The House of Mirth draws its title from Ecclesiates 7:4: "The heart of the wise is in the house of mourning; but the heart of fools is in the house of mirth." But no one said that getting into and staying in the house of mirth is easy. In 1906, playwright Clyde Fitch joined forces with Edith Wharton to dramatize her best-seller of the same name about life and death in New York's society elite.
Lily Bart was brought up poor. Nothing was given to her but the desire for good things. Having now found her way into society, Lily knows that the only way to maintain her lifestyle is to marry rich. Unfortunately, Ms. Bart cannot bring herself to tie the knot with the prudish, but wealthy, Mr. Percy Gryce (Michael Stebbins) or the brash, but wealthy, Mr. Simon Rosedale (Donald Warfield). And though she is in love with Mr. Lawrence Seldon (Gus Kaikkonen), she cannot possibly marry him with his paltry salary.
So she turns to her friend Mr. Augustus Trenor (Mike Hodge), to invest money for her, so she can live off the interest. It turns out, however, that his "interest" for her is what needs to be returned. Rather than submit to him, she vows to pay him back in full. With debt climbing, her stature declines. Realizing that she is doomed to desire a life she can never afford, she takes leave of the house of mirth and, in killing herself, joins the house of mourning.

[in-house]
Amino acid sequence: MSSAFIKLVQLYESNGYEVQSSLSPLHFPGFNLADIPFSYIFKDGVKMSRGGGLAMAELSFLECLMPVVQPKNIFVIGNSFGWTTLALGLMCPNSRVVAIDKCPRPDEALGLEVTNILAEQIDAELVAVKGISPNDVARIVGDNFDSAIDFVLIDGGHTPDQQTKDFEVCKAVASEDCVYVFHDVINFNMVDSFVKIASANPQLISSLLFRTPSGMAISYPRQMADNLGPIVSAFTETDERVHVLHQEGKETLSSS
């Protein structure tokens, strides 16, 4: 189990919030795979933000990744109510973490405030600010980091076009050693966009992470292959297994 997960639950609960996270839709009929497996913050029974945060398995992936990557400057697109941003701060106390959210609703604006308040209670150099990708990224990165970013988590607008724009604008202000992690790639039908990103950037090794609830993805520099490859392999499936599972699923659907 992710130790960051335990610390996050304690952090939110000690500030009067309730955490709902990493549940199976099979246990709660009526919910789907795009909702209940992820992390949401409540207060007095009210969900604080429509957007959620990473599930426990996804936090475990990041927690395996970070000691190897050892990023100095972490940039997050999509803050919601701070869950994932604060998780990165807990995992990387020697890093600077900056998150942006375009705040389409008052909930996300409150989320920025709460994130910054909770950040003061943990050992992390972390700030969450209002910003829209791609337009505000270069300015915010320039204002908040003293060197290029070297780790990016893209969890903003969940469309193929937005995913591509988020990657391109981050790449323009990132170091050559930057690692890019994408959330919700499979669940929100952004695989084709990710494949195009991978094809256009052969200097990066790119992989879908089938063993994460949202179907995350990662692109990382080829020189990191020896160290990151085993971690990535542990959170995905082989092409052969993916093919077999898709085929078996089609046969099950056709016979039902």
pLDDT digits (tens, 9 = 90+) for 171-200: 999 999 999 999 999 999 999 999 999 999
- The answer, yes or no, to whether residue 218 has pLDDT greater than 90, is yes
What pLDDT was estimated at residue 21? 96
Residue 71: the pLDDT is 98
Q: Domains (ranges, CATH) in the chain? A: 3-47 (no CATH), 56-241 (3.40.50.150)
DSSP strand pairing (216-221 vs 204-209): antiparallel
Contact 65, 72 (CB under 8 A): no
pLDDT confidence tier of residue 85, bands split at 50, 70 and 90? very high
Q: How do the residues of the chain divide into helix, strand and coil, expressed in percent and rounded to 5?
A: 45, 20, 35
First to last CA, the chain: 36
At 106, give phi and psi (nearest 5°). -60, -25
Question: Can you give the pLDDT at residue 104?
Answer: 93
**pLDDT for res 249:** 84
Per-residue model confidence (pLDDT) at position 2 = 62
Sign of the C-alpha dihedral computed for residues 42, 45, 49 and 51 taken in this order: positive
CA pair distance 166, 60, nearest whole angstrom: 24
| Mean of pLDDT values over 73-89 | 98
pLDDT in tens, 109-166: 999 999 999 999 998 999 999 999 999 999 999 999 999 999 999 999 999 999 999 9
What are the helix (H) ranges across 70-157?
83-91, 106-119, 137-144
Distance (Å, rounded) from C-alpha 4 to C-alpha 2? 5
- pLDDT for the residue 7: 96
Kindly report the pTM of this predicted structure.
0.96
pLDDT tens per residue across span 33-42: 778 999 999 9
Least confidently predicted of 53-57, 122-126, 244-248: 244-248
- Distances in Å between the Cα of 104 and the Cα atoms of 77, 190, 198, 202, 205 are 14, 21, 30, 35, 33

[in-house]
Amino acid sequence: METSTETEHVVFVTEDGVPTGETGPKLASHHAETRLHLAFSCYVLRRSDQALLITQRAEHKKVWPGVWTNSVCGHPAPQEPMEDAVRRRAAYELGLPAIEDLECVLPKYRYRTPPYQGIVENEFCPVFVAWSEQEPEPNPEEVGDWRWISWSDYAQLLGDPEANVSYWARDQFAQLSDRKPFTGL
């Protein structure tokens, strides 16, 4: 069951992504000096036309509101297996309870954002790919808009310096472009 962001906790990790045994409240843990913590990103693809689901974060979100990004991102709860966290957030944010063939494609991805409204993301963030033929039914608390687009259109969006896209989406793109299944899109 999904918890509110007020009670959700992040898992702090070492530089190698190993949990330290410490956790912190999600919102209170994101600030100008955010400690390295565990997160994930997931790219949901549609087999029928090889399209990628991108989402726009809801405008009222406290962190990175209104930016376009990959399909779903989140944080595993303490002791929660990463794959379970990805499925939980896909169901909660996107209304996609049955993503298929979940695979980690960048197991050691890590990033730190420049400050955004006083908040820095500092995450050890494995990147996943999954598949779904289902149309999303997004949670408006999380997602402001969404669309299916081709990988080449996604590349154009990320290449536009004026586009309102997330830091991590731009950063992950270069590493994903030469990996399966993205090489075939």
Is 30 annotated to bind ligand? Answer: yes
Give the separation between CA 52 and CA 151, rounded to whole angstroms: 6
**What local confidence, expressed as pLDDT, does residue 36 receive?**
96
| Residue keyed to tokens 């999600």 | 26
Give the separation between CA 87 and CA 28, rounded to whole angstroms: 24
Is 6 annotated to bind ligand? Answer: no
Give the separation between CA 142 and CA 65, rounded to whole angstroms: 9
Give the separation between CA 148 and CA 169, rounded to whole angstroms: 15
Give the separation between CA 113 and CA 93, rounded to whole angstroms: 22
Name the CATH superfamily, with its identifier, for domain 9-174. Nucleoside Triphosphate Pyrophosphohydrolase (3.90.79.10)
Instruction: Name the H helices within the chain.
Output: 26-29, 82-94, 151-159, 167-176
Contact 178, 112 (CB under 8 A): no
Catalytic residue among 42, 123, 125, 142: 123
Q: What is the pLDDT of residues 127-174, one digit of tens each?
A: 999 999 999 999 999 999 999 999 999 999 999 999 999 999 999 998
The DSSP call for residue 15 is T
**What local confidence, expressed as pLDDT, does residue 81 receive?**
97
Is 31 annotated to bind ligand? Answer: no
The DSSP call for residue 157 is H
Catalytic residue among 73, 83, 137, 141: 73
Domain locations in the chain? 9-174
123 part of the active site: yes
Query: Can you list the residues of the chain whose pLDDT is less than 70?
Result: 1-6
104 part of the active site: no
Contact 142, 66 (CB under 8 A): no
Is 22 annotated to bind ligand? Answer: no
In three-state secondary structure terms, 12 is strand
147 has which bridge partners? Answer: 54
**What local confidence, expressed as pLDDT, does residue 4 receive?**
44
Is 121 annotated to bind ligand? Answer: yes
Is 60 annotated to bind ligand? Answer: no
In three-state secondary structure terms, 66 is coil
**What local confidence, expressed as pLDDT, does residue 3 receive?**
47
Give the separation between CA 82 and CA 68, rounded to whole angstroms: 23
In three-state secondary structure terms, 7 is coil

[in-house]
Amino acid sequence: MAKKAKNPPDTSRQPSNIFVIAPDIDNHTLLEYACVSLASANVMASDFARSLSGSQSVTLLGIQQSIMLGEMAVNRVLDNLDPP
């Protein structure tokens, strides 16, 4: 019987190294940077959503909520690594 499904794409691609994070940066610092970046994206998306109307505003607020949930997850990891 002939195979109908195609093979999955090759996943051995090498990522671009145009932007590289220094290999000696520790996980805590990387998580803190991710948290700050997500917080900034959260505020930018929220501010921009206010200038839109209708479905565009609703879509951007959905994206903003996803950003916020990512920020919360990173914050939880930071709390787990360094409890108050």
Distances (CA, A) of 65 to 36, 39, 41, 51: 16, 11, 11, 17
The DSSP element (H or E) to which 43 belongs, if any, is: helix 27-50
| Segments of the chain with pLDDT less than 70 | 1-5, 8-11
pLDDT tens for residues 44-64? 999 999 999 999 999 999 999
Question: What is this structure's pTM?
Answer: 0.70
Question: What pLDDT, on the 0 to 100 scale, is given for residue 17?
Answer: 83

Dramaturg Glenn Loney has done a marvelous job ensuring that the script speaks to a contemporary audience. With an open, white, neo-classical gazebo as the centerpiece of the set, Vickie B. Davis designed an airy environment of style for these characters of little substance. Matching this breezy quality were the beautiful period costumes by John Kristiansen and soft lighting by Mark T. Simpson.
A heart-breaking performance was turned in by Lisa M. Bostnar as Lily Bart. Kathleen Turco-Lyon was enchanting as the manipulative Mrs. Bertha Dorset, and Larry Swansen was captivating in his dual roles as a proper butler and the eccentric Deveraux. The rest of the cast, including Sundy Leigh Leake, Bruce Barney, G.R. Johnson, Claudia Traub, Jennifer Chudy, and Janice Muller, put in admirable performances. Director Jonathan Bank should be very proud.
With so much Ibsen and Chekhov in the contemporary repertoire,
it is comforting that the Mint Theatre has found a great theatre
piece from turn-of-the-century America. The House of Mirth
had limited success when it first opened. Let's hope that this
gem of a production gives more people an opportunity to look at
its timeless themes again.
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Copyright 1998 Jim Lopata